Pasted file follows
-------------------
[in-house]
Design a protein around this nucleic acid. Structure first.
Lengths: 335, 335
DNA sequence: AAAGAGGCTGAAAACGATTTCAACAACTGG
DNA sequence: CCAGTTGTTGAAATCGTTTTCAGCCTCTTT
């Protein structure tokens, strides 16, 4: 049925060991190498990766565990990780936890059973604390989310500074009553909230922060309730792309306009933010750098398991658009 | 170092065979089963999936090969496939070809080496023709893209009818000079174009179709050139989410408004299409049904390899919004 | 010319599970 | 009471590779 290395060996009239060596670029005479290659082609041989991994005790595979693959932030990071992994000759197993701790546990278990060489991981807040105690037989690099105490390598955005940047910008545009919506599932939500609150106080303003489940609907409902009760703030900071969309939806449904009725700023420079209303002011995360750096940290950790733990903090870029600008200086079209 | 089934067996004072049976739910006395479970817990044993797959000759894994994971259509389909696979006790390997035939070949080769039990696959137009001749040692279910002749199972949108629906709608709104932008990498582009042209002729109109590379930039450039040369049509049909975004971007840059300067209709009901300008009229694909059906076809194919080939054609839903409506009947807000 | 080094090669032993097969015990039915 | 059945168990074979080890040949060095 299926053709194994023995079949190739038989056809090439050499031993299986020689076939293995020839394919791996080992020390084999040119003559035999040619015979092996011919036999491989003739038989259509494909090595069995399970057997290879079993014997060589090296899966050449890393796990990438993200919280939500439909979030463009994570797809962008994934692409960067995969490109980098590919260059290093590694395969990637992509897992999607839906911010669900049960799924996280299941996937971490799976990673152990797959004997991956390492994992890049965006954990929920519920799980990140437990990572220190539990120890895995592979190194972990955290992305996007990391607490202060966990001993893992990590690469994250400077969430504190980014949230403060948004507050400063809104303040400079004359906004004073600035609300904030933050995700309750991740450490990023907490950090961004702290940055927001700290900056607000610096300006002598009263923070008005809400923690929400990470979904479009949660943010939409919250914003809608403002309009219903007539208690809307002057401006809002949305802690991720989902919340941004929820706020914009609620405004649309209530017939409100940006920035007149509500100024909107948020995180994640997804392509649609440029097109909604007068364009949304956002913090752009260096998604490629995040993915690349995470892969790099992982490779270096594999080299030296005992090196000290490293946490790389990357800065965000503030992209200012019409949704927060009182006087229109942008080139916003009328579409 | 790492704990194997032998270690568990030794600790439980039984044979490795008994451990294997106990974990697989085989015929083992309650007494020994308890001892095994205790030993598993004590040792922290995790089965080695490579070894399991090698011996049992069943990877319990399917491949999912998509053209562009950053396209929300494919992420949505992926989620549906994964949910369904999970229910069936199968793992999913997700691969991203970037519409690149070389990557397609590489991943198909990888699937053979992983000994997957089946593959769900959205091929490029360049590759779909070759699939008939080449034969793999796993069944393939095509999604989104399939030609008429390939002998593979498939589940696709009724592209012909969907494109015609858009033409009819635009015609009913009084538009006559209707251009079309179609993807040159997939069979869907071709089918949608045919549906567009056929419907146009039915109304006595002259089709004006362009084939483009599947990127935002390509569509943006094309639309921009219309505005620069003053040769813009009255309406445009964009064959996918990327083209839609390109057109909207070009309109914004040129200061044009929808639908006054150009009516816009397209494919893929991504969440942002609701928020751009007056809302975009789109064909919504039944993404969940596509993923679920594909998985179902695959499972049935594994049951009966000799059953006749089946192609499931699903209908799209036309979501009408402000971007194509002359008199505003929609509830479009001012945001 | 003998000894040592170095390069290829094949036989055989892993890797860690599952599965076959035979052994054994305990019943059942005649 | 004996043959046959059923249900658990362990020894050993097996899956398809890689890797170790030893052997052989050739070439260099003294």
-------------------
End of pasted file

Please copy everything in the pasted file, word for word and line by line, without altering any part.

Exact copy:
[in-house]
Design a protein around this nucleic acid. Structure first.
Lengths: 335, 335
DNA sequence: AAAGAGGCTGAAAACGATTTCAACAACTGG
DNA sequence: CCAGTTGTTGAAATCGTTTTCAGCCTCTTT
């Protein structure tokens, strides 16, 4: 049925060991190498990766565990990780936890059973604390989310500074009553909230922060309730792309306009933010750098398991658009 | 170092065979089963999936090969496939070809080496023709893209009818000079174009179709050139989410408004299409049904390899919004 | 010319599970 | 009471590779 290395060996009239060596670029005479290659082609041989991994005790595979693959932030990071992994000759197993701790546990278990060489991981807040105690037989690099105490390598955005940047910008545009919506599932939500609150106080303003489940609907409902009760703030900071969309939806449904009725700023420079209303002011995360750096940290950790733990903090870029600008200086079209 | 089934067996004072049976739910006395479970817990044993797959000759894994994971259509389909696979006790390997035939070949080769039990696959137009001749040692279910002749199972949108629906709608709104932008990498582009042209002729109109590379930039450039040369049509049909975004971007840059300067209709009901300008009229694909059906076809194919080939054609839903409506009947807000 | 080094090669032993097969015990039915 | 059945168990074979080890040949060095 299926053709194994023995079949190739038989056809090439050499031993299986020689076939293995020839394919791996080992020390084999040119003559035999040619015979092996011919036999491989003739038989259509494909090595069995399970057997290879079993014997060589090296899966050449890393796990990438993200919280939500439909979030463009994570797809962008994934692409960067995969490109980098590919260059290093590694395969990637992509897992999607839906911010669900049960799924996280299941996937971490799976990673152990797959004997991956390492994992890049965006954990929920519920799980990140437990990572220190539990120890895995592979190194972990955290992305996007990391607490202060966990001993893992990590690469994250400077969430504190980014949230403060948004507050400063809104303040400079004359906004004073600035609300904030933050995700309750991740450490990023907490950090961004702290940055927001700290900056607000610096300006002598009263923070008005809400923690929400990470979904479009949660943010939409919250914003809608403002309009219903007539208690809307002057401006809002949305802690991720989902919340941004929820706020914009609620405004649309209530017939409100940006920035007149509500100024909107948020995180994640997804392509649609440029097109909604007068364009949304956002913090752009260096998604490629995040993915690349995470892969790099992982490779270096594999080299030296005992090196000290490293946490790389990357800065965000503030992209200012019409949704927060009182006087229109942008080139916003009328579409 | 790492704990194997032998270690568990030794600790439980039984044979490795008994451990294997106990974990697989085989015929083992309650007494020994308890001892095994205790030993598993004590040792922290995790089965080695490579070894399991090698011996049992069943990877319990399917491949999912998509053209562009950053396209929300494919992420949505992926989620549906994964949910369904999970229910069936199968793992999913997700691969991203970037519409690149070389990557397609590489991943198909990888699937053979992983000994997957089946593959769900959205091929490029360049590759779909070759699939008939080449034969793999796993069944393939095509999604989104399939030609008429390939002998593979498939589940696709009724592209012909969907494109015609858009033409009819635009015609009913009084538009006559209707251009079309179609993807040159997939069979869907071709089918949608045919549906567009056929419907146009039915109304006595002259089709004006362009084939483009599947990127935002390509569509943006094309639309921009219309505005620069003053040769813009009255309406445009964009064959996918990327083209839609390109057109909207070009309109914004040129200061044009929808639908006054150009009516816009397209494919893929991504969440942002609701928020751009007056809302975009789109064909919504039944993404969940596509993923679920594909998985179902695959499972049935594994049951009966000799059953006749089946192609499931699903209908799209036309979501009408402000971007194509002359008199505003929609509830479009001012945001 | 003998000894040592170095390069290829094949036989055989892993890797860690599952599965076959035979052994054994305990019943059942005649 | 004996043959046959059923249900658990362990020894050993097996899956398809890689890797170790030893052997052989050739070439260099003294």